Air travel resumes but with chaos, confusion and mismanagement
Last updated on February 13th, 2023 at 04:43 pm
Domestic airlines took-off on Monday with a bumpy resumption. After two months of staying grounded as COVID-19 lockdown started on March 24, the domestic flights started operations on Monday ferrying about 39,000 passengers on 532 flights.
But a large number of passengers were left disappointed and stranded at airports as many flights were canceled just a few hours before the takeoff. Airlines were reportedly forced to cancel about half of the scheduled flights as a result of poor coordination between the States and the Centre.
Many passengers were left frustrated with last-minute cancellations due to mismanagement from the authorities. Later on Sunday, airlines were told to curb many flights as states of Tamil Nadu, Maharashtra and Telangana, with the busiest airports in-country, Chennai, Mumbai, and Hyderabad, limited the number of operational flights.
Furthermore, West Bengal postponed the airlines’ resumption to May 28 due to Cyclone Amphan. Andhra Pradesh too curtailed the re-opening to May 26.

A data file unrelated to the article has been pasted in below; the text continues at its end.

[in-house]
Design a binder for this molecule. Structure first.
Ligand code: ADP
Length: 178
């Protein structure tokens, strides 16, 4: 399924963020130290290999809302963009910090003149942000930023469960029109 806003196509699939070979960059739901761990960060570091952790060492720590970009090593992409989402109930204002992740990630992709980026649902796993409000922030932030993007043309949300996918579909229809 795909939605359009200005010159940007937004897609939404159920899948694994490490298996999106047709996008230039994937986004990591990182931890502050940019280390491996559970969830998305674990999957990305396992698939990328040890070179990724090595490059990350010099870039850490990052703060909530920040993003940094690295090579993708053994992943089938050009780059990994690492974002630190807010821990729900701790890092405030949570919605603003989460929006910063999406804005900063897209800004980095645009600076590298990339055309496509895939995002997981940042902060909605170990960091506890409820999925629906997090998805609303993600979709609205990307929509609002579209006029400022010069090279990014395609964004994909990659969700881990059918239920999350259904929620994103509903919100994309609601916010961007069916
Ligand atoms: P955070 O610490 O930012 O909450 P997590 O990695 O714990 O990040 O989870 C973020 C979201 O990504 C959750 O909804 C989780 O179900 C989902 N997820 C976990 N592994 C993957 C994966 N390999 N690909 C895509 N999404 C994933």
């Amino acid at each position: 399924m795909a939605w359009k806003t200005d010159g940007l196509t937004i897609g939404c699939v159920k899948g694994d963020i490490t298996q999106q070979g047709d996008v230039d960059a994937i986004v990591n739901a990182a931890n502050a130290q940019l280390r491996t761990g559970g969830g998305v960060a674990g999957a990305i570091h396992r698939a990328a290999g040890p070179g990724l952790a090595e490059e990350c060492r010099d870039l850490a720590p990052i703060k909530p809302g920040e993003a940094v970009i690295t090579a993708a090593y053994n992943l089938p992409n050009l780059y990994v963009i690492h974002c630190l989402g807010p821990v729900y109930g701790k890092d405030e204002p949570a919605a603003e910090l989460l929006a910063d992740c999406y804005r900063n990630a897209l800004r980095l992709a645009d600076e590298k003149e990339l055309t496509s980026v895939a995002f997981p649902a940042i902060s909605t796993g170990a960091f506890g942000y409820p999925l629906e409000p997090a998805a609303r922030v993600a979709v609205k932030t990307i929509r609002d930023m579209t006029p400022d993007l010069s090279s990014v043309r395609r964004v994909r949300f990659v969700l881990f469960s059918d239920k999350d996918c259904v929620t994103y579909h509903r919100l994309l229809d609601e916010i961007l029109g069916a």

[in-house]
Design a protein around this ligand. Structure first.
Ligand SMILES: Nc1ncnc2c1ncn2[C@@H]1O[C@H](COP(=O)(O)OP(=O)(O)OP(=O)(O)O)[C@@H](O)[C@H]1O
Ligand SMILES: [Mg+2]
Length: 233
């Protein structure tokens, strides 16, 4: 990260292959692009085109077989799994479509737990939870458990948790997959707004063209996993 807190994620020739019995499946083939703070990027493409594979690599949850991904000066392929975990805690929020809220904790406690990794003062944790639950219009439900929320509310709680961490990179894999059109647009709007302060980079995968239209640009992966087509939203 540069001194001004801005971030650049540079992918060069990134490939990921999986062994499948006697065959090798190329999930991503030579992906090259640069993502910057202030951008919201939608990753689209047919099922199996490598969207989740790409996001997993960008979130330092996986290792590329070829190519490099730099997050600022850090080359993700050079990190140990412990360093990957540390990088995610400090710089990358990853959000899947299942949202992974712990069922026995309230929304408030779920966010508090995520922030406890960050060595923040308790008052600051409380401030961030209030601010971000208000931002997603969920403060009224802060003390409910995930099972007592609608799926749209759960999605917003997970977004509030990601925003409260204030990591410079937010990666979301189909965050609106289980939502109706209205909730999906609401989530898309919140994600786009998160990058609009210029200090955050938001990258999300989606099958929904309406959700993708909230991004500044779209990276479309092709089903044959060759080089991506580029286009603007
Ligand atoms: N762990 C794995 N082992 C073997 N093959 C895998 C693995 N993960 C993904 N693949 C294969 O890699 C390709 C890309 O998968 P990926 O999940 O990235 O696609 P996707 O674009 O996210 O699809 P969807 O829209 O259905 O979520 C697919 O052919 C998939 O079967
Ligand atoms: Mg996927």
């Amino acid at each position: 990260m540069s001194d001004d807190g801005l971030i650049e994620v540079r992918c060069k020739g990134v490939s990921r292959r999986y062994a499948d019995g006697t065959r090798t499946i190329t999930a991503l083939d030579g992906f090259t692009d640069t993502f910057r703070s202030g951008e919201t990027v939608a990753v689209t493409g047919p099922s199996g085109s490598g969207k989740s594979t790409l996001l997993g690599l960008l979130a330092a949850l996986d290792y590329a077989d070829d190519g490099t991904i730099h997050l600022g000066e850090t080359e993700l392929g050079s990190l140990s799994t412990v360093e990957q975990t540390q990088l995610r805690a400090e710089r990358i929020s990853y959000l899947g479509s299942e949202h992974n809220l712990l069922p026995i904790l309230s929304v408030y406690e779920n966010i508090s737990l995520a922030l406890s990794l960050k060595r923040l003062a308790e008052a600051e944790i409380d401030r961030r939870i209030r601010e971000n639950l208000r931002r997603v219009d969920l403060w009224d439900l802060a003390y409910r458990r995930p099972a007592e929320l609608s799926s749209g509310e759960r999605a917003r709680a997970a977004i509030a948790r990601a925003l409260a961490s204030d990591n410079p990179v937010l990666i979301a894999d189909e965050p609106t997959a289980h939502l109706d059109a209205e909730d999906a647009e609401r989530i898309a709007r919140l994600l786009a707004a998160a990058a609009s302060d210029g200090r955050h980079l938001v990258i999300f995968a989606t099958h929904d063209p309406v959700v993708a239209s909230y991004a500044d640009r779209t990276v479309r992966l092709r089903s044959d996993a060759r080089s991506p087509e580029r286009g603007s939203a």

In a tweet on Monday post the airlines resumed their operations, Civil Aviation Minister Hardeep Puri wrote, “From no domestic passenger flights yesterday to 532 flights and 39,231 passengers today, action has returned to Indian skies. With Andhra Pradesh set to resume operations from tomorrow and West Bengal from 28 May, these numbers are all set to increase further.”
As contrary to what airlines were expecting, the occupancy in flights was just around 25% to 50%. This was a surprise as it was expected that flights would be full especially as people are stranded in various states. In fact, the people who did decide to travel, however reluctantly, faced disappointment amid the confusion due to cancellations.
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With domestic airlines resuming operations after two months, the airport staff had their hands full trying to maintain the smooth functioning of flights and reservations.
The travelers were further led to misery when instead of being refunded for canceled flights, they were offered credit shells.
Due to poor coordination between states and the Center, only 50% of the sanctioned number of flights operated on day 1.
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